Biomarkers for exposure to ambient air pollution - Comparison of carcinogen-DNA adduct levels with other exposure markers and markers for oxidative stress

Herman Autrup, Bahram Daneshvar, Lars Ove Dragsted, Mikael Gamborg, Åse Marie Hansen, Steffen Loft, Henrik Okkels, Flemming Nielsen, Per Sabro Nielsen, Edith Raffn, Håkan Wallin, Lisbeth Ehlert Knudsen

Research output: Contribution to journalJournal articleResearchpeer-review

Abstract

Human exposure to genotoxic compounds present in ambient air has been studied using selected biomarkers in nonsmoking Danish bus drivers and postal workers. A large interindividual variation in biomarker levels was observed. Significantly higher levels of bulky carcinogen-DNA adducts (75.42 adducts/10(8) nucleotides) and of 2-amino-apidic semialdehyde (AAS) in plasma proteins (56.7 pmol/mg protein) were observed in bus drivers working in the central part of Copenhagen, Denmark. In contrast, significantly higher levels of AAS in hemoglobin (55.8 pmol/mg protein), malondialdehyde in plasma (0.96 nmol/ml plasma), and polycyclic aromatic hydrocarbon (PAH)-albumin adduct (3.38 fmol/mu g albumin) were observed in the suburban group. The biomarker levels in postal workers were similar to the levels in suburban bus drivers. In the combined group of bus drivers and postal workers, negative correlations were observed between bulky carcinogen-DNA adduct and PAM-albumin levels (p = 0.005), and between DNA adduct and gamma-glutamyl semialdehyde (GGS) in hemoglobin (p = 0.11). Highly significant correlations were found between PAM-albumin adducts and AAS in plasma (r = 0.001) and GGS in hemoglobin (p = 0.001). Significant correlations were also observed between urinary 8-oxo-7,8-dihydro-2'-deoxyguanosine and AAS in plasma (p = 0.001) and PAM-albumin adducts (p = 0.002). The influence of the glutatione S-transferase (GST) M1 deletion on the correlation between the biomarkers was studied in the combined group. A significant negative correlation was only observed between bulky carcinogen-DNA adducts and PAM-albumin adducts (p = 0.02) and between DNA adduct and urinary mutagenic activity (p = 0.02) in the GSTM1 null group, bur not in the workers who were homozygotes or heterozygotes for GSTM1. Our results indicate that some of the selected biomarkers can be used to distinguish between high and low exposure to environmental genotoxins.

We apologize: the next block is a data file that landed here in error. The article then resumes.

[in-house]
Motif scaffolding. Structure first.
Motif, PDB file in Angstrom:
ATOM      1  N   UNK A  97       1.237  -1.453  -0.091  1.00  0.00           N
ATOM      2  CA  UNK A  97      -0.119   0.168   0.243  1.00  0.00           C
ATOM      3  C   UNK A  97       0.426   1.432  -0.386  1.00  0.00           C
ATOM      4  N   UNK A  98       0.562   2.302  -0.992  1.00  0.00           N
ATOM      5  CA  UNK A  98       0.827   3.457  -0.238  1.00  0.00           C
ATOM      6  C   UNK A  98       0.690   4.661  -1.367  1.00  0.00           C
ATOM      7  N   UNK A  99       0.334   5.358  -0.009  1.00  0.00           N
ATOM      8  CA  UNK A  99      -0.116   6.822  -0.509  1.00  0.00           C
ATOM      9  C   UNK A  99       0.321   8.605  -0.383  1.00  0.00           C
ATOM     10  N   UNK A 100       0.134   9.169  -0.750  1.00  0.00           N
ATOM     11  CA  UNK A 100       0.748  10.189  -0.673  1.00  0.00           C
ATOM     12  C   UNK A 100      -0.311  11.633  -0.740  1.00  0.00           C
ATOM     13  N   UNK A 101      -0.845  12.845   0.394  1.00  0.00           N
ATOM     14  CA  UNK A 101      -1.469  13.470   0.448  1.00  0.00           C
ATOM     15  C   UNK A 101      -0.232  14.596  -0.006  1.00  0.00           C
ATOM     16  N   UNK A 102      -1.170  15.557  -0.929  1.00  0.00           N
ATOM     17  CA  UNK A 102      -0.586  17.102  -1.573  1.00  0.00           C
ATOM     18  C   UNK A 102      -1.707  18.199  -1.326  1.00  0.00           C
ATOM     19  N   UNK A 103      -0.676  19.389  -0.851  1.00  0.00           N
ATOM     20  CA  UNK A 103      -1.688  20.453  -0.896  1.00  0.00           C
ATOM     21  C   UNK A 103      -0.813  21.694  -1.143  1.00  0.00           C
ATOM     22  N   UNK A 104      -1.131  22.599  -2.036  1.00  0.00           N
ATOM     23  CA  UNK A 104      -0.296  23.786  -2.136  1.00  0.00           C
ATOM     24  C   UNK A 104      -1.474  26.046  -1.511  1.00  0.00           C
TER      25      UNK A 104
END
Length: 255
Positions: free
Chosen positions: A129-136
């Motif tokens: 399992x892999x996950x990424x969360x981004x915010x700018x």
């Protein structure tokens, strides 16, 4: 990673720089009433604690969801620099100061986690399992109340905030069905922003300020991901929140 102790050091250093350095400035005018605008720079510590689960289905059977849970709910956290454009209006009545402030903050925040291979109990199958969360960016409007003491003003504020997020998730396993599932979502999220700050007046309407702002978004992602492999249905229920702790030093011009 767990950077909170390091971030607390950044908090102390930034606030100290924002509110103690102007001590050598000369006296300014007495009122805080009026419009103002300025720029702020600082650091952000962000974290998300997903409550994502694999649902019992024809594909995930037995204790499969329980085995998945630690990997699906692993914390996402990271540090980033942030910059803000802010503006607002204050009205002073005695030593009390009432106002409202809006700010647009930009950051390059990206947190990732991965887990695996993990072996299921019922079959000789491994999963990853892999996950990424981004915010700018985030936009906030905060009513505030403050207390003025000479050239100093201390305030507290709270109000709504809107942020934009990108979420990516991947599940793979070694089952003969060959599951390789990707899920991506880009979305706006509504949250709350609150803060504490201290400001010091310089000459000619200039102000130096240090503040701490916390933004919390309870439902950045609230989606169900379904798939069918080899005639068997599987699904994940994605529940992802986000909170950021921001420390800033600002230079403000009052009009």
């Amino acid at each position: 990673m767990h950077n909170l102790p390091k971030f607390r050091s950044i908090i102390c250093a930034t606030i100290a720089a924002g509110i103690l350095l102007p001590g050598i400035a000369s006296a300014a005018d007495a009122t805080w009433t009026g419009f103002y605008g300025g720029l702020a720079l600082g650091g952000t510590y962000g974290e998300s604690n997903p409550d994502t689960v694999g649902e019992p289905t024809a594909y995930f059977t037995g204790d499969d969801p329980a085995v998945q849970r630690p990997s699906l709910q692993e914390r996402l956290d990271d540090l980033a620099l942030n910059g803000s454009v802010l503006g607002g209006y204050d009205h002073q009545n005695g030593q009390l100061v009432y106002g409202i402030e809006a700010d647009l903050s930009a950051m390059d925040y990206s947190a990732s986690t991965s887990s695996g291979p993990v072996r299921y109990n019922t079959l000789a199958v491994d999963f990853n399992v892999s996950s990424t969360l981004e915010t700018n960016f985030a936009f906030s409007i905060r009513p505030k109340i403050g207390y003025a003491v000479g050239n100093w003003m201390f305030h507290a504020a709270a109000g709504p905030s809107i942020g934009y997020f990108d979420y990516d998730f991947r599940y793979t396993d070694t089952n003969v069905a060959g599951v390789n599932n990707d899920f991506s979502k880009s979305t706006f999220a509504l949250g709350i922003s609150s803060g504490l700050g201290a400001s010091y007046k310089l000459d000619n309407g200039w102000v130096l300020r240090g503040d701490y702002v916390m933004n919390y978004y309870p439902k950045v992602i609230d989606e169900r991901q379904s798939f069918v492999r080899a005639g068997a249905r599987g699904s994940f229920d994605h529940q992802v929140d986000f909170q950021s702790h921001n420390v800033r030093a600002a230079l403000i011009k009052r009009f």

Original languageEnglish
JournalEnvironmental Health Perspectives
Volume107
Issue number3
Pages (from-to)233-238
ISSN0091-6765
Publication statusPublished - 1999

Keywords

  • genotoxic exposure
  • adducts
  • biomarkers
  • oxidative stress
  • human
  • air pollution

Cite this

Autrup, H., Daneshvar, B., Dragsted, L. O., Gamborg, M., Hansen, Å. M., Loft, S., Okkels, H., Nielsen, F., Nielsen, P. S., Raffn, E., Wallin, H., & Knudsen, L. E. (1999). Biomarkers for exposure to ambient air pollution - Comparison of carcinogen-DNA adduct levels with other exposure markers and markers for oxidative stress. Environmental Health Perspectives, 107(3), 233-238.